Retrospective study of antimicrobial residues and resistance in swine in aba abia state nigeria. online j. anim. feed res., 4(3): 42-45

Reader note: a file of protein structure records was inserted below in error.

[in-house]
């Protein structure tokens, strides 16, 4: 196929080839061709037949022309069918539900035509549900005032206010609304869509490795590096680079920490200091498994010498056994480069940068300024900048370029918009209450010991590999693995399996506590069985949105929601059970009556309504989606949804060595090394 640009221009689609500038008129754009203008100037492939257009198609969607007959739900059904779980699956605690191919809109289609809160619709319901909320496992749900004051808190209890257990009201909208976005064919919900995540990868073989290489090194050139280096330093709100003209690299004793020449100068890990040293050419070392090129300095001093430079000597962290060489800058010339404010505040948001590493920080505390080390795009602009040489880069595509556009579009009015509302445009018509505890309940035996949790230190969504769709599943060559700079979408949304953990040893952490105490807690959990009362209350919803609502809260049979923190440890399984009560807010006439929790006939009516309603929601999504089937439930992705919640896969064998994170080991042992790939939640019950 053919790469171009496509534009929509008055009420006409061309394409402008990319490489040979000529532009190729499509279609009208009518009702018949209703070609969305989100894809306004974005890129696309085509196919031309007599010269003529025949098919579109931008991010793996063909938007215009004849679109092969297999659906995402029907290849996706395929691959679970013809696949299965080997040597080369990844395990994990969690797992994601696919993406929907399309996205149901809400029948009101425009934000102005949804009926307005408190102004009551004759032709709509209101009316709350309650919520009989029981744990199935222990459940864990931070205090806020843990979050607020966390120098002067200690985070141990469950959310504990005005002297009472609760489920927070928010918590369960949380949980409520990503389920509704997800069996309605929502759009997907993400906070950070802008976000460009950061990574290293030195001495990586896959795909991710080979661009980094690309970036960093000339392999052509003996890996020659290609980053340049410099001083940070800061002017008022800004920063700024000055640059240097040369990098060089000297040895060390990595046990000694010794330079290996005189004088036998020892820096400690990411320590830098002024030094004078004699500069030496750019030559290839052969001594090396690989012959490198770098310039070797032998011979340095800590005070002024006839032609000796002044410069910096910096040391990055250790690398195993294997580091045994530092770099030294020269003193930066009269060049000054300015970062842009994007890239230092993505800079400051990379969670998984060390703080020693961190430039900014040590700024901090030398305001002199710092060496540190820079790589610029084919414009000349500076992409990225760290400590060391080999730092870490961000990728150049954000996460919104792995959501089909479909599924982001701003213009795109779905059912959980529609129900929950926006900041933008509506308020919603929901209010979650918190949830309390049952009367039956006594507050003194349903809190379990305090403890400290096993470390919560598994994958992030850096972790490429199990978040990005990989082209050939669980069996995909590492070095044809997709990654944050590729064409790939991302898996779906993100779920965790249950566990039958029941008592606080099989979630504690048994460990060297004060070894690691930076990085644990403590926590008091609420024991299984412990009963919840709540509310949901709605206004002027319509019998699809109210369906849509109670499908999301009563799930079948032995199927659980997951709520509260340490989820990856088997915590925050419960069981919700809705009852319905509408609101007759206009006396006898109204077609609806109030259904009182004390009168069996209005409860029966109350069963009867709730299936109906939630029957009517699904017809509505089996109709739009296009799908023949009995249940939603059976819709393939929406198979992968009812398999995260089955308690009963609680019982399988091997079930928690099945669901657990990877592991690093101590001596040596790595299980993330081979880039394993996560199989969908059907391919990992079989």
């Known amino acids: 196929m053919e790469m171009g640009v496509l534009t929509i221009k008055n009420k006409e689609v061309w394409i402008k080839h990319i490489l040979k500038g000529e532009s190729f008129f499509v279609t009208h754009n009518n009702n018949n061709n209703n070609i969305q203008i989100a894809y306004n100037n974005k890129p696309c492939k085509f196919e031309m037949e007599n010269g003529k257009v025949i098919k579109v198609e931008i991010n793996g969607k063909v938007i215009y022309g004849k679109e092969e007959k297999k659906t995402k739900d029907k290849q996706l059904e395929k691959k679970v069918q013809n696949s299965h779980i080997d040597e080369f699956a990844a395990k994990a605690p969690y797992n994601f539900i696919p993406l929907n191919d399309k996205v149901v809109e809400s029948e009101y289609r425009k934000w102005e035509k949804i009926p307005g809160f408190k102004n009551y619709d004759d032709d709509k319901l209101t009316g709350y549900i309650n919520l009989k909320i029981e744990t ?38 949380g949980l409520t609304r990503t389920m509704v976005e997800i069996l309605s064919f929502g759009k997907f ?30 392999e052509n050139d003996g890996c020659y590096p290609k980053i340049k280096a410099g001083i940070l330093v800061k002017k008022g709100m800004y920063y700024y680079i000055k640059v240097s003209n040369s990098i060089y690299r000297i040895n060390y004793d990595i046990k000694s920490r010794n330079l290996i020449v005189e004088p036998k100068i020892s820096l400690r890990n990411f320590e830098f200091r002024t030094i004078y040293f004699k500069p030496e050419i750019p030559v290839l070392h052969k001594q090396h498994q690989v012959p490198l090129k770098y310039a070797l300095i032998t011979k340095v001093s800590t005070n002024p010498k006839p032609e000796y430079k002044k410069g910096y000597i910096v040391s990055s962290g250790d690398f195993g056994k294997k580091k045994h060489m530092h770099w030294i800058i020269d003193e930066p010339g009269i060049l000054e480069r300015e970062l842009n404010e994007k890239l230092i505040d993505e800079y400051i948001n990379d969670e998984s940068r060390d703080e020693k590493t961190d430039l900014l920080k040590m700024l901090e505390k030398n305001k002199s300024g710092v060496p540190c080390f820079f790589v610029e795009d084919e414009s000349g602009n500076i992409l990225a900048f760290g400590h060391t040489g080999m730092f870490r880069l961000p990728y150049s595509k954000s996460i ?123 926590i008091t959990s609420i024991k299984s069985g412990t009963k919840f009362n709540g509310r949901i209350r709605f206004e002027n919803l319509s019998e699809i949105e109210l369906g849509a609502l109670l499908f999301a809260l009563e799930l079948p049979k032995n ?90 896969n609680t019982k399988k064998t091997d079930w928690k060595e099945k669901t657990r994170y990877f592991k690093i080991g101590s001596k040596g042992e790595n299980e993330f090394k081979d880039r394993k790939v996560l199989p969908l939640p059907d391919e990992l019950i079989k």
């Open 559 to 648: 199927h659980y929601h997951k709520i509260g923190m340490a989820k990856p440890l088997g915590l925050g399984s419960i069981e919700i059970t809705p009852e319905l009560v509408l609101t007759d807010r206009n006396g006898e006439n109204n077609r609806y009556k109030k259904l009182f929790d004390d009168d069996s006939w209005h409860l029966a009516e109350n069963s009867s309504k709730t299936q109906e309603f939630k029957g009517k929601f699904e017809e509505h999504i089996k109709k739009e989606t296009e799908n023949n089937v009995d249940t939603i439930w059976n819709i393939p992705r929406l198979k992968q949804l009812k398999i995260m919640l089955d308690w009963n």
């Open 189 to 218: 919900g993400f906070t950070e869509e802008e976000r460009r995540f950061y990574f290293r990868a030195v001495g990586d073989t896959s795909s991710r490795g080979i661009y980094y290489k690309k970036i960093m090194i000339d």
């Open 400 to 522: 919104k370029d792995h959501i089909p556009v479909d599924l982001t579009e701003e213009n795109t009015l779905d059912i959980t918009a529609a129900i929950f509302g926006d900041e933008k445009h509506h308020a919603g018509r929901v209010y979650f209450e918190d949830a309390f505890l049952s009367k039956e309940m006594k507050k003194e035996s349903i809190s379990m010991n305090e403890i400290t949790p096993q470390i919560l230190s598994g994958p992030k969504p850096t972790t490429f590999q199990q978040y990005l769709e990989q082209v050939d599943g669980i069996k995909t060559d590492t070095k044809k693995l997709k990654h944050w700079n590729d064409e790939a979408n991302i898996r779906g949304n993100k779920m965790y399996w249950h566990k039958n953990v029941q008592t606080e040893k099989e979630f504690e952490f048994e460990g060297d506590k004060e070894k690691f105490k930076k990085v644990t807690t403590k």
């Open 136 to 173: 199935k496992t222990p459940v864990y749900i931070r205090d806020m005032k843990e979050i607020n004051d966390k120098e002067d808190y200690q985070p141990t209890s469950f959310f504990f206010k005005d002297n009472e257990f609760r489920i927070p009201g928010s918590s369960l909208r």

Online Journal of Animal and Feed Research Volume 4, Issue 3: 42-45 (2014) ISSN 2228-7701 RETROSPECTIVE STUDY OF ANTIMICROBIAL RESIDUES AND RESISTANCE IN SWINE IN ABA ABIA STATE, NIGERIA P. NWIYI Department of Veterinary Microbiology and Parasitology, College of Veterinary Medicine Michael Okpara University of Agriculture, Umudike Abia State, Nigeria *E-mail: afodikoechukwu@yahoo.com ABSTRACT: Antimicrobials are used by livestock farmers to prevent and control infection. Antimicrobials are also included at sub-therapeutic doses in animal feed as growth promoters and to improve feed efficiency in intensive farming. The aim of this study was to evaluate the antimicrobial residues and resistance that could arise due to antimicrobial use in swine. The study was carried out between September 10th and December 10th 2013 in some selected swine farms in Ogbor Hill water side in Aba, Abia state. The study involved visiting the various farms, evaluating the records of previous treatment. Also the state zonal veterinary clinics visited and record of farms was collected for analysis. From the result obtained, in raining season in a given year, the frequency of tetracycline usage recorded 83.3%, penicillin recorded 75.0%, while sulfonamide recorded 25.0%. Tylosin and ivermox were the least and recorded 8.4% usage each. The swine treatment was done by the farmers hence there was consistent over-dosage of antimicrobials to the pigs as the manufacture's guide was not complied with. The report from the records showed that some of the pigs were slaughtered and sold in the market at any time without recourse to drug with-draw. This result could be one of the responsible reasons for antimicrobial residues and resistance in swine and indeed livestock. Keywords: Antimicrobial residues, Swine, Resistance, Abia state. Antimicrobials are any substances including synthetic compounds which destroys microbes (Guardabasse and Courvalin, 2006). In piggery production in most countries of the world, antimicrobials are administered both for prophylaxis and therapeutic purposes. Some antimicrobials are used to prevent disease in fairly healthy animals more especially during perceived increase susceptibility period. Mastitis is a common disease suffered by lactating pigs and treatment is by the use of antimicrobial. Besides, lactating pigs, antimicrobial are also use for treating other infection disease. The use of antimicrobials to treat food animals has the potentials to affect human health via two mechanisms: increasing the risk of antimicrobial residues influencing the selection of antimicrobial resistant food borne pathogens (Yan and Gilbert 2004). The risk of antimicrobial residues is well known and there is increasing concern about the impact of antimicrobial usage in food animals on the development of antimicrobial resistance. Antimicrobial agents disrupt bacterial processes needed for growth. Compounds that inhabit bacterial growth are described as bacteriostatic while those that kill the bacteria are termed bactericidal. Antimicrobial agents can be bacteriostatic when they reach the minimum inhibitory concentration (MIC) but become bactericidal when they reach a higher concentration called the minimum bactericidal concentration (MBC). If the MIC and the MBC are distinctly separated, the agent is considered bacteriostatic. If the MIC is close to the MBC, the compound is said to be bactericidal (Prescott, 2000). Bacterial resistance can be intrinsic or acquired. Acquired resistance occurs when a previously susceptible bacterium becomes resistant via mutation (Hall and Collis, 1995). There are several mechanisms of resistance that had been described. Some bacteria contain enzymes that inactivate antibiotics. The most well-known example is β-lactamase. These enzymes inactivate β-lactam antibiotics by clearing the β-lactam rings. Some bacterial develop resistance by preventing the antibiotic from entering the bacterial cell or by increasing the removal of the drug out of the cell. Recently, Pol and Ruegg (2006) developed a method to quantify antimicrobials usage and treatment practices. The need for antimicrobial withdrawal from animals before slaughter or use as milk is very important since scientific experiment provide data that shows how long a drug is present in the body of animal and what the animal body does to the drug (Graham et al., 2009). The Food and Drug Administration (FDA) of United States Department of Agriculture and Centers for Disease Control and Prevention affirms that there is a definitive link To cite this paper: Nwiyi, P. 2014. Retrospective study of antimicrobial residues and resistance in swine in Aba Abia state Nigeria. Online J. Anim. Feed Res., 4(3): 42-45. Scienceline/Journal homepages: http://www.science-line.com/index/; http://www.ojafr.ir